Janet Reno, the first woman U.S. attorney general who served eight tumultuous years with President Bill Clinton, has died aged 78, according to media reports. ABC News, citing Reno’s goddaughter, said she died from complications of Parkinson’s disease early on Monday. Reno served as the top U.S. law enforcement official under Clinton from 1993 to 2001, becoming the longest-tenured attorney general of the 20th century.
The blunt-spoken Reno authorized the deadly 1993 raid on the Branch Davidian cult compound at Waco, Texas just weeks into the job in 1993.
She later authorized the 2000 seizure by federal agents of six-year-old Cuban shipwreck survivor Elian Gonzalez from relatives in Miami, as well as the government’s huge antitrust case against Microsoft in 1998.
The former Miami prosecutor, who was picked by Clinton only after his first two choices for the job ran into trouble, exhibited an independent streak and a brusque manner that often upset the White House.
In 1995 Reno was diagnosed with Parkinson’s disease, a progressive disorder of the central nervous system that caused trembling in her arms. “All it does is shake and you get used to it shaking after a while,” she told a TV interviewer.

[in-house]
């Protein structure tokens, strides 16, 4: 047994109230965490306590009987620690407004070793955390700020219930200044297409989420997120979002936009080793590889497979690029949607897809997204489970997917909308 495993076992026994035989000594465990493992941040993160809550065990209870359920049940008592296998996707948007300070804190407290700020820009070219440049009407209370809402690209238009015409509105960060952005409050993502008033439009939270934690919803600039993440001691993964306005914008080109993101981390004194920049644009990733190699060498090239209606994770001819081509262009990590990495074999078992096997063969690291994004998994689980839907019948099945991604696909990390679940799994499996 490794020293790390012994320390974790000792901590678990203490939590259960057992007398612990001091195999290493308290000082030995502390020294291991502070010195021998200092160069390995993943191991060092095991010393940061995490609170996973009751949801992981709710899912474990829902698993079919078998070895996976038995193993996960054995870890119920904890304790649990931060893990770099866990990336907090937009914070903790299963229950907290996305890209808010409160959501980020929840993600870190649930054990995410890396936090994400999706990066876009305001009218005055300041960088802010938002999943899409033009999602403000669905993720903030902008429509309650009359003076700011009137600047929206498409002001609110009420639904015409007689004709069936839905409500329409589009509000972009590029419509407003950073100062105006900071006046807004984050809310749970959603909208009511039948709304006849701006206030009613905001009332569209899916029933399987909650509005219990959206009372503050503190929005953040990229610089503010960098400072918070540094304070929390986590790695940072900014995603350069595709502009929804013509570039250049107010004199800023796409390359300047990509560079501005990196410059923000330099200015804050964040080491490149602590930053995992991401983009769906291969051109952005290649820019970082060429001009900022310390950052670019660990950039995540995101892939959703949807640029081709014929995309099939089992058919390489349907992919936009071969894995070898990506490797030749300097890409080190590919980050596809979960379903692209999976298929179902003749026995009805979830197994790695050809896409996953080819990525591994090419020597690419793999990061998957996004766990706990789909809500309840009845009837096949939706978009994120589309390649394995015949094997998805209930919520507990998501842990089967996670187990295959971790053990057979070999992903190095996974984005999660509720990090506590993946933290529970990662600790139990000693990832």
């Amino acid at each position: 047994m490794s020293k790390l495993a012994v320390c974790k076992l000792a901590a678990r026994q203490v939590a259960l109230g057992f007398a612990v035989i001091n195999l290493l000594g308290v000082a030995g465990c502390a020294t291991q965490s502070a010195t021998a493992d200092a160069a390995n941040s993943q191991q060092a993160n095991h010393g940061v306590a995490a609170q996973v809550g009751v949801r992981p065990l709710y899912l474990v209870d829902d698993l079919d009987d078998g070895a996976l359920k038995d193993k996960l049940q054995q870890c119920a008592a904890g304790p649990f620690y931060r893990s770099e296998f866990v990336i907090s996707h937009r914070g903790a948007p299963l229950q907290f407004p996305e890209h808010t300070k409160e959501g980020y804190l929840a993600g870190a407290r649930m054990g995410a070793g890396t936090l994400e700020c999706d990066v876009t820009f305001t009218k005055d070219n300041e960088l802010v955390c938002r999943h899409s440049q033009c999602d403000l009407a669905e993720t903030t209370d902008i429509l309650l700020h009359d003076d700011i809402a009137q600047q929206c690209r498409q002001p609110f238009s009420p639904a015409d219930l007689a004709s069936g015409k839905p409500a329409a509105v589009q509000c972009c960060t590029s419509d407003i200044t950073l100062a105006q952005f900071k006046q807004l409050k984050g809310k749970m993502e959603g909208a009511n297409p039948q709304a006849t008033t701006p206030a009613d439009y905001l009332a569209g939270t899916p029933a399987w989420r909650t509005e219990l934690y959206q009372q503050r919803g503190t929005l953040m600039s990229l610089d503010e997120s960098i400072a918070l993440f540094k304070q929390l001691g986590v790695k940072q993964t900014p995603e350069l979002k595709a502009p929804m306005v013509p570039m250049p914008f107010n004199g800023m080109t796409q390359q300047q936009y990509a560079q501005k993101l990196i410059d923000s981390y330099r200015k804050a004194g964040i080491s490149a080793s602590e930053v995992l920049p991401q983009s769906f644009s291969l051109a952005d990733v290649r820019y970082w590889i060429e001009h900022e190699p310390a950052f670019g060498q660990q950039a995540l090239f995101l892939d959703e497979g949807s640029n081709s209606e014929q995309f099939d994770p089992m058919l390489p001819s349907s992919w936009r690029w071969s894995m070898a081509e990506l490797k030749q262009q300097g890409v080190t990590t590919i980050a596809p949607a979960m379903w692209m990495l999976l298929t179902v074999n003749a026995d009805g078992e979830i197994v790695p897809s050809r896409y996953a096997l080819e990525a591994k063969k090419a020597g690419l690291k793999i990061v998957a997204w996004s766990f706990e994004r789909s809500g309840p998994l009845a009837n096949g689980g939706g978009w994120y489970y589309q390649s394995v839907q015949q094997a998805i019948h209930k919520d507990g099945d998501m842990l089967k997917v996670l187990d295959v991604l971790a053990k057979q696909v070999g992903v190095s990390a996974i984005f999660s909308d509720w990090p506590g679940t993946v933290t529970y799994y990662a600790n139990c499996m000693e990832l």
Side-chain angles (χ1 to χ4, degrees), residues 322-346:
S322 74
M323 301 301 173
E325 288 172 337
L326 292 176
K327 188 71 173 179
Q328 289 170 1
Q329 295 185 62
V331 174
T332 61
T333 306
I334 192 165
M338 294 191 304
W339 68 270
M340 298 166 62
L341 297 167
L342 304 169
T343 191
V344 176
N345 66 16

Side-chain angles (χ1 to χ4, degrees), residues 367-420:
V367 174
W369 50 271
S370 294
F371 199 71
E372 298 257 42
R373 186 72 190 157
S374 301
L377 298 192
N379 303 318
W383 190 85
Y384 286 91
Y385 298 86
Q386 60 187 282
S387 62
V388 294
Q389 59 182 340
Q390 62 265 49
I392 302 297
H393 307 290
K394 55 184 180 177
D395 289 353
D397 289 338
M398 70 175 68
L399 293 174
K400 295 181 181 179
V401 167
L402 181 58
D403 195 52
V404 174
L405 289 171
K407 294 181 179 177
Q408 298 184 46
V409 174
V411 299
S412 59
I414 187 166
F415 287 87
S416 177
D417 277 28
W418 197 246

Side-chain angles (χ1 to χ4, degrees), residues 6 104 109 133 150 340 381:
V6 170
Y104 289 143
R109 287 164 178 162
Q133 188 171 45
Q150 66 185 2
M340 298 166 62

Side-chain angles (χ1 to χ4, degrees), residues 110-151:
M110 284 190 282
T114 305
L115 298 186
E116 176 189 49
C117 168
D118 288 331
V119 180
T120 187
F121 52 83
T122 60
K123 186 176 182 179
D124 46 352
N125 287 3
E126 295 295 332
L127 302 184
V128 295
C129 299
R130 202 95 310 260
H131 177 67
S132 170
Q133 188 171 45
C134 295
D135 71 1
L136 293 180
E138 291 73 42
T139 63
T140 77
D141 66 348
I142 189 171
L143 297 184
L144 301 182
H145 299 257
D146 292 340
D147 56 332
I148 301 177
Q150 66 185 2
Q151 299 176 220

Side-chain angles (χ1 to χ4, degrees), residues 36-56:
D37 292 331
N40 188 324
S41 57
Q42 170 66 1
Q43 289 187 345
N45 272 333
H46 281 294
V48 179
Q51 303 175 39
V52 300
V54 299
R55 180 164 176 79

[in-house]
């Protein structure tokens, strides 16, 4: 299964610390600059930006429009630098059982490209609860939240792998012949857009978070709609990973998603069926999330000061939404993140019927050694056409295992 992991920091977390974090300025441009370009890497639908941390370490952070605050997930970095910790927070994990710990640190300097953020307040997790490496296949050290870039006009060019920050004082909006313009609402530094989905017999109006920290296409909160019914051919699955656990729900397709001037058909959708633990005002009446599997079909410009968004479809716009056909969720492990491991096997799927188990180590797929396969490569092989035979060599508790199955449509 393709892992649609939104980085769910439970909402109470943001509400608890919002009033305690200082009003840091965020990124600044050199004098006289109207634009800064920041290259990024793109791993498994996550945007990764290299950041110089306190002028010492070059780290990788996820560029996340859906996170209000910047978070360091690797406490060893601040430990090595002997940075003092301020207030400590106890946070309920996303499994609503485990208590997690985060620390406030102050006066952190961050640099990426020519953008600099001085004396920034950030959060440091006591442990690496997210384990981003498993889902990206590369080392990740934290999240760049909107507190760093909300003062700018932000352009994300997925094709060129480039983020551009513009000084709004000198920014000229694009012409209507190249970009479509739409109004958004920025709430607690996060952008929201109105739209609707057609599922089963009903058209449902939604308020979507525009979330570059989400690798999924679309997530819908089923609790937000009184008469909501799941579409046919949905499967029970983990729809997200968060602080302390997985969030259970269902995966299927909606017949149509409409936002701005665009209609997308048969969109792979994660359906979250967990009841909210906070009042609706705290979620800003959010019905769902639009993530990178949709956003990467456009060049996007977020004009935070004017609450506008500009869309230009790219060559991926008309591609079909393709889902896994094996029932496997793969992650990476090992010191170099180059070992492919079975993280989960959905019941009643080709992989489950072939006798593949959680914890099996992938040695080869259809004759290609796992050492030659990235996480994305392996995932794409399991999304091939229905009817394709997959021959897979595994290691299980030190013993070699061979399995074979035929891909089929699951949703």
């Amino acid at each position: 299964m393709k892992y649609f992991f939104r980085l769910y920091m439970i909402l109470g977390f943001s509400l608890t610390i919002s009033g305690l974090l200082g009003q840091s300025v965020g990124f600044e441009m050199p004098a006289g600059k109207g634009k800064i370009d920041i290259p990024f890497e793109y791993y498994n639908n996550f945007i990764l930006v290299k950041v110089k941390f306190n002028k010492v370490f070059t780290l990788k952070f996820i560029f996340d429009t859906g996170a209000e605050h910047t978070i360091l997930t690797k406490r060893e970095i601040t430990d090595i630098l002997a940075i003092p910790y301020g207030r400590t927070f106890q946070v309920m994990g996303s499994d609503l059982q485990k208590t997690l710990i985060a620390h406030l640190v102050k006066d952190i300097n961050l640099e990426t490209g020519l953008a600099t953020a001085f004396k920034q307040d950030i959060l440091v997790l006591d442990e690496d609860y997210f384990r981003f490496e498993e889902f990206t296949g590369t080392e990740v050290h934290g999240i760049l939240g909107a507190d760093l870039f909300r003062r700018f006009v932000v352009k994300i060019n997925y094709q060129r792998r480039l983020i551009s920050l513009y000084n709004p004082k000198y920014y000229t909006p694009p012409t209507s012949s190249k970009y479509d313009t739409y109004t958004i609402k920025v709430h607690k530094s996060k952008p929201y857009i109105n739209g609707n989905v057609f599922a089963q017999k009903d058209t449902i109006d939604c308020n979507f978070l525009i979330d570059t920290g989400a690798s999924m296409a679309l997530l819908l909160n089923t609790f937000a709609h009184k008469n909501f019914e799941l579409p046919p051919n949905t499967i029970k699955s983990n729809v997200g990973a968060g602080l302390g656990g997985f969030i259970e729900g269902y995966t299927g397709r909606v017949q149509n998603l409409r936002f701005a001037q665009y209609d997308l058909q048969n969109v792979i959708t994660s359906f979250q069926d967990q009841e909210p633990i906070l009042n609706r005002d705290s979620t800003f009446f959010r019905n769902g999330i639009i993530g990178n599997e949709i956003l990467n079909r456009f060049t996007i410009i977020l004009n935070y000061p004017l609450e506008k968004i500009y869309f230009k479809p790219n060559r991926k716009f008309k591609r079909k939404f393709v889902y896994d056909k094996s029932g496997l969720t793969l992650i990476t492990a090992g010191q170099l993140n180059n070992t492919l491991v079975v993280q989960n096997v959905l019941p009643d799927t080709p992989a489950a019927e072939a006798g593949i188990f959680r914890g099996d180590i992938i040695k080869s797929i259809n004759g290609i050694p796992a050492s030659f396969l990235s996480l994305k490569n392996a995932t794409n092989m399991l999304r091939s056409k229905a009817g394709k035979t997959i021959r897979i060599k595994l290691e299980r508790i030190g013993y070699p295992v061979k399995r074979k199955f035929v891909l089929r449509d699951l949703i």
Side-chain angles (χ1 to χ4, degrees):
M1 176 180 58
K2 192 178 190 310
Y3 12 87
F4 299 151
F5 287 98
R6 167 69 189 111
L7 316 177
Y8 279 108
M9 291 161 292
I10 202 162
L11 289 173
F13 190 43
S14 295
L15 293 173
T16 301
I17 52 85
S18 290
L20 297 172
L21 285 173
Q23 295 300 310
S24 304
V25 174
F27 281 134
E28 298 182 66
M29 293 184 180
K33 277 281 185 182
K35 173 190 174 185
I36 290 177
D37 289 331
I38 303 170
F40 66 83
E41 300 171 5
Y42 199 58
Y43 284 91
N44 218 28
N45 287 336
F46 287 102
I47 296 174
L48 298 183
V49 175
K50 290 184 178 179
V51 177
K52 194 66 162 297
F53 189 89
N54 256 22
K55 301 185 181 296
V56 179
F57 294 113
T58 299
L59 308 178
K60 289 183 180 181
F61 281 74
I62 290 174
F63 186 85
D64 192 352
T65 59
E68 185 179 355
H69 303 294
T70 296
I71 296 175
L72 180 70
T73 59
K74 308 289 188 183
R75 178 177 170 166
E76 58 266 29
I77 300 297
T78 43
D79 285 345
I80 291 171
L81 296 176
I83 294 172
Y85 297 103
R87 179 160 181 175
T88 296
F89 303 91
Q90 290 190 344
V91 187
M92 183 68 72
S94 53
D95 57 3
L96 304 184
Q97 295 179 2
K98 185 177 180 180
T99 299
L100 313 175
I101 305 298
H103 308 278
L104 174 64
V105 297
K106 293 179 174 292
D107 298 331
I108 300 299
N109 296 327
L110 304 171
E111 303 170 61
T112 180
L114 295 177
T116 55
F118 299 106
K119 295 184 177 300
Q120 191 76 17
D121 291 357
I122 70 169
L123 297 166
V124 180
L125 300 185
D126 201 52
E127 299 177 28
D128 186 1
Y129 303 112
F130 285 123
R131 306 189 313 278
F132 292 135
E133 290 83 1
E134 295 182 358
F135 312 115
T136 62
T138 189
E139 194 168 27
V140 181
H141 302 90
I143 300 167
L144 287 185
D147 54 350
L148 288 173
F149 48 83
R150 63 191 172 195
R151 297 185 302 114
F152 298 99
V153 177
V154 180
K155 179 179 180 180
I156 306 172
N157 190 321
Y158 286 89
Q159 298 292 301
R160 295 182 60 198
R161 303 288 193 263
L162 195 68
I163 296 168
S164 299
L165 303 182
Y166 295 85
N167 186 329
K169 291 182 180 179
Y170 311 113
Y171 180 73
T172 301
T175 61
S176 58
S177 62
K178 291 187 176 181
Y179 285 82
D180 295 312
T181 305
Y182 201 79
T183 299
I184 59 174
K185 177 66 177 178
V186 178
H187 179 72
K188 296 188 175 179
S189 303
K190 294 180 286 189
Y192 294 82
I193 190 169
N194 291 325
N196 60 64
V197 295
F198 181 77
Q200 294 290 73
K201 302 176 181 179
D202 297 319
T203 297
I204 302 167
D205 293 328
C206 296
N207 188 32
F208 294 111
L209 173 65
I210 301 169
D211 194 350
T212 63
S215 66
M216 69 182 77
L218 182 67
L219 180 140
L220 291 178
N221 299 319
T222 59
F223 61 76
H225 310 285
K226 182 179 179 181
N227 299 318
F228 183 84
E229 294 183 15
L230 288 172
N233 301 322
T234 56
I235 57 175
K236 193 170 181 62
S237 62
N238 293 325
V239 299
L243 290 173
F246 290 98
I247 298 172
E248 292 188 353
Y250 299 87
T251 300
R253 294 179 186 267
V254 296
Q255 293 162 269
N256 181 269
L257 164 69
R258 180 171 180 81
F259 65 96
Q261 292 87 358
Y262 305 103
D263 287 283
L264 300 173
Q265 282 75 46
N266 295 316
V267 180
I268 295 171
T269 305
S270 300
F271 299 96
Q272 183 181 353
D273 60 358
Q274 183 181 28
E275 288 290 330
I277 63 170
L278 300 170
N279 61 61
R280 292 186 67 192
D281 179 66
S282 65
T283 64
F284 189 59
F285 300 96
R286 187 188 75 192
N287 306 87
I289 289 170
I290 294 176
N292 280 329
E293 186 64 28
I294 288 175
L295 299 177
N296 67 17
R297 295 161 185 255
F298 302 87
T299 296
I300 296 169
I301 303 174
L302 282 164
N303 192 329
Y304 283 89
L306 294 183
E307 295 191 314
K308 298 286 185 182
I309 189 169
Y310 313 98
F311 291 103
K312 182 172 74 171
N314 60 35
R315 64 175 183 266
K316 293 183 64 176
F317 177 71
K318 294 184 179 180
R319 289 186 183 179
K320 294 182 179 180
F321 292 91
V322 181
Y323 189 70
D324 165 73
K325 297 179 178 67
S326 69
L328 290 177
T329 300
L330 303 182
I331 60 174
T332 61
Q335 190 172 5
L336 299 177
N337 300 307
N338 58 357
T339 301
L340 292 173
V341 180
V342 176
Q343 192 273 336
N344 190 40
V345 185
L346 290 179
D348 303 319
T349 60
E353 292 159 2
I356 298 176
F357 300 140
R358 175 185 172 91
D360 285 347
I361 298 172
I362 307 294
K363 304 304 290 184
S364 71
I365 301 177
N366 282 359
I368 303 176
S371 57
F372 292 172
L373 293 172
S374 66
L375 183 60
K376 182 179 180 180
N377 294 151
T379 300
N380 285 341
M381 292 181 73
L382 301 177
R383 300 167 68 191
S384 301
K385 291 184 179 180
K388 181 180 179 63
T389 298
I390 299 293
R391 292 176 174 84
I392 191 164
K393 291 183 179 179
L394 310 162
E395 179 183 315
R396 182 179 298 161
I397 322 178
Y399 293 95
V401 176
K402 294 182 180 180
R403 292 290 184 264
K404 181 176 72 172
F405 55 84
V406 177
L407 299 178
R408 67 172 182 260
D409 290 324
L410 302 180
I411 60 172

Reno was attorney general throughout Clinton’s two terms as president and was in the job longer than anyone except William Wirt, who held it from November 1817 until March 1829.
After leaving Washington, Reno returned to Florida and ran for governor in 2002, but lost in the Democratic primary.
Reno was born on July 21, 1938, in Miami to parents who were newspaper reporters. She attended public schools in Miami and earned a chemistry degree at Cornell University in 1960.
She received her law degree from Harvard three years later and worked as a lawyer in Miami.